Are disability rights on the agenda of Europe’s governments?

The Ministers for Foreign Affairs of the Council of Europe’s 47 member states met today in Vienna. In his report written for the meeting, Mr Thorbjørn Jagland, the Secretary General of the Council of Europe said that human rights in Europe is in a “crisis unprecedented since the end of the Cold War”.

Thorbjørn Jagland, Secretary General of the Council of Europe. Source: Council of Europe

Citing corruption, immunity from prosecution, impunity, human trafficking, hate speech and discrimination – as being on the rise throughout the continent. The impact of the economic crisis has resulted in growing inequalities, he says, noting that austerity measures “may affect democracy and the long-term security of the continent”. These all effect people with disabilities, especially those institutionalised and stripped of their right to decide.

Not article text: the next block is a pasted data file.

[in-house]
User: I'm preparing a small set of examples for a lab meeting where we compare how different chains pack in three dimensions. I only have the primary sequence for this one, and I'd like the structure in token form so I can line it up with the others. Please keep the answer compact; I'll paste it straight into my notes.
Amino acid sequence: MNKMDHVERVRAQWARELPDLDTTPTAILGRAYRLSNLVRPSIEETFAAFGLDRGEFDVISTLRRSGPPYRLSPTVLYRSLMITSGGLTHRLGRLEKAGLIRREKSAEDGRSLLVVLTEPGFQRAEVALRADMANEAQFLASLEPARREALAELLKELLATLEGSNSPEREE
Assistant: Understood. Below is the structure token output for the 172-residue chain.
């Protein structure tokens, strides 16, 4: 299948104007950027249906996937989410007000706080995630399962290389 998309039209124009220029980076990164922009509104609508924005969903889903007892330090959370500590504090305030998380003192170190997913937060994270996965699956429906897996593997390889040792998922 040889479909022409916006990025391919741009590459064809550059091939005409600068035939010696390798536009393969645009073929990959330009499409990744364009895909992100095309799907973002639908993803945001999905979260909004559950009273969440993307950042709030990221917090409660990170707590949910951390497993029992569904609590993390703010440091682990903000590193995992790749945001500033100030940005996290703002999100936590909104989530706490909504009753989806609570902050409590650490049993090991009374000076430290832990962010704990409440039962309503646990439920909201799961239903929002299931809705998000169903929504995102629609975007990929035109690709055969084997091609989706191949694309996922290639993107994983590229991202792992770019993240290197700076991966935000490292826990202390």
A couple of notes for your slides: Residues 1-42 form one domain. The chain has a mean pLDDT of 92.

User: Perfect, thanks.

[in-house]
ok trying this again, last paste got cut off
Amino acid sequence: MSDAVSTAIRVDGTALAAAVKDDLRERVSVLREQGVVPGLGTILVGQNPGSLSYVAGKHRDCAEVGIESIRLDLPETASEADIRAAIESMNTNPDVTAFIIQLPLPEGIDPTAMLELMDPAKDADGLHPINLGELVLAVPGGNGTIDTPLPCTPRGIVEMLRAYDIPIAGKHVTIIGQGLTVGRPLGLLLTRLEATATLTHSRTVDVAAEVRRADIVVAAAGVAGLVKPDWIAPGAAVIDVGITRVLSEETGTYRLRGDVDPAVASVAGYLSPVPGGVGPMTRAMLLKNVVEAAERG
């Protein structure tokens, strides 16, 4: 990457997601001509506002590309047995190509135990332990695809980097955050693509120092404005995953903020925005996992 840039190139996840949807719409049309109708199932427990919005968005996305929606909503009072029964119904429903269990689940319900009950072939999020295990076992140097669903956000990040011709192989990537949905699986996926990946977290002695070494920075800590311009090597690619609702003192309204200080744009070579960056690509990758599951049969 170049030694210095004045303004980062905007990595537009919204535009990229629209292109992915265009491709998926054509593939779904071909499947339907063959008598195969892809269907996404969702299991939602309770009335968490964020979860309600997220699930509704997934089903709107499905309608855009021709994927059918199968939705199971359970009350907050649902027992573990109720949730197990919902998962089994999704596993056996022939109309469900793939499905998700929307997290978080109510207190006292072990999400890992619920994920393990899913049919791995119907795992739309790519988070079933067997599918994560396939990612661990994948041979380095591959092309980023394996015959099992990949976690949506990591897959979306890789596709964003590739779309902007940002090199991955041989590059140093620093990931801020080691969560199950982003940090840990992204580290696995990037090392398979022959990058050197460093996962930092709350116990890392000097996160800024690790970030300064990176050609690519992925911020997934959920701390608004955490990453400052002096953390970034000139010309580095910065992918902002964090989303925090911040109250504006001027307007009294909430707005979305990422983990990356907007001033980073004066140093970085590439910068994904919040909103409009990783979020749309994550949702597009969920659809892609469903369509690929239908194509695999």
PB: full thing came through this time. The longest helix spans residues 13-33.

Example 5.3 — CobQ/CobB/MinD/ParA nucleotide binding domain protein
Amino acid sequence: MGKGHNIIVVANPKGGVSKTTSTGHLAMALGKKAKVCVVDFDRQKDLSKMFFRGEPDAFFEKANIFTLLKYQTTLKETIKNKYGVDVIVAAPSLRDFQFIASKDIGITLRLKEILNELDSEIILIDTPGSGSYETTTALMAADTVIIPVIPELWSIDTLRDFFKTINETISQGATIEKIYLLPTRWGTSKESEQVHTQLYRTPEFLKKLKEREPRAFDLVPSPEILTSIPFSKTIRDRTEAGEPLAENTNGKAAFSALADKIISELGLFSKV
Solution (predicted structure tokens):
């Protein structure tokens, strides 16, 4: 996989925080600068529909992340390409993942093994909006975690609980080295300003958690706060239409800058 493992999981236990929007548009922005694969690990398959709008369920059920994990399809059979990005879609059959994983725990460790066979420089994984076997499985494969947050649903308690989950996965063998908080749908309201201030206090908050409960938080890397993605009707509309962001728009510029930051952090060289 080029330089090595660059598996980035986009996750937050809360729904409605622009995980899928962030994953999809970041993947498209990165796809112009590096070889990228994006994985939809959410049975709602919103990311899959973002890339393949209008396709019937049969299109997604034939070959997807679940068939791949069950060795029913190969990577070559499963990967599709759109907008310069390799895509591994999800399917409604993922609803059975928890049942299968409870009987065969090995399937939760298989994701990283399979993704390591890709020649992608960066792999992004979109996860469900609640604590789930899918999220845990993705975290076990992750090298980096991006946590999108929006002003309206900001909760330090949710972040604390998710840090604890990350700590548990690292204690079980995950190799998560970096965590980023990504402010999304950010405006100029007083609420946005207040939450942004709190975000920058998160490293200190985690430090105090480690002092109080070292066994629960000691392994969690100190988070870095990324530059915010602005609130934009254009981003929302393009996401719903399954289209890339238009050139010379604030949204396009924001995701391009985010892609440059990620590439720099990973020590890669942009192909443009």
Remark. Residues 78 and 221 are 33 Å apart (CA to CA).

People with disabilities “face discrimination on a daily basis”, he said, noting that they are “often marginalised because of fear and prejudice”, including “in large-scale institutions, where they remain deprived of fundamental rights and subject to degrading practices” and where there is “inadequate access to justice”.

For the first time, the Secretary General brought guardianship to the highest political level of the Council. “Too often, authorities put people with cognitive disabilities under guardianship,” he stated. This, “leads to involuntary placement, lack of access to a fair trial and the inability to participate in elections, get married or manage property.”

Jagland calls on governments of the Council to respond to these challenges, citing independent living and inclusive education as two key areas where improvements must be made. 

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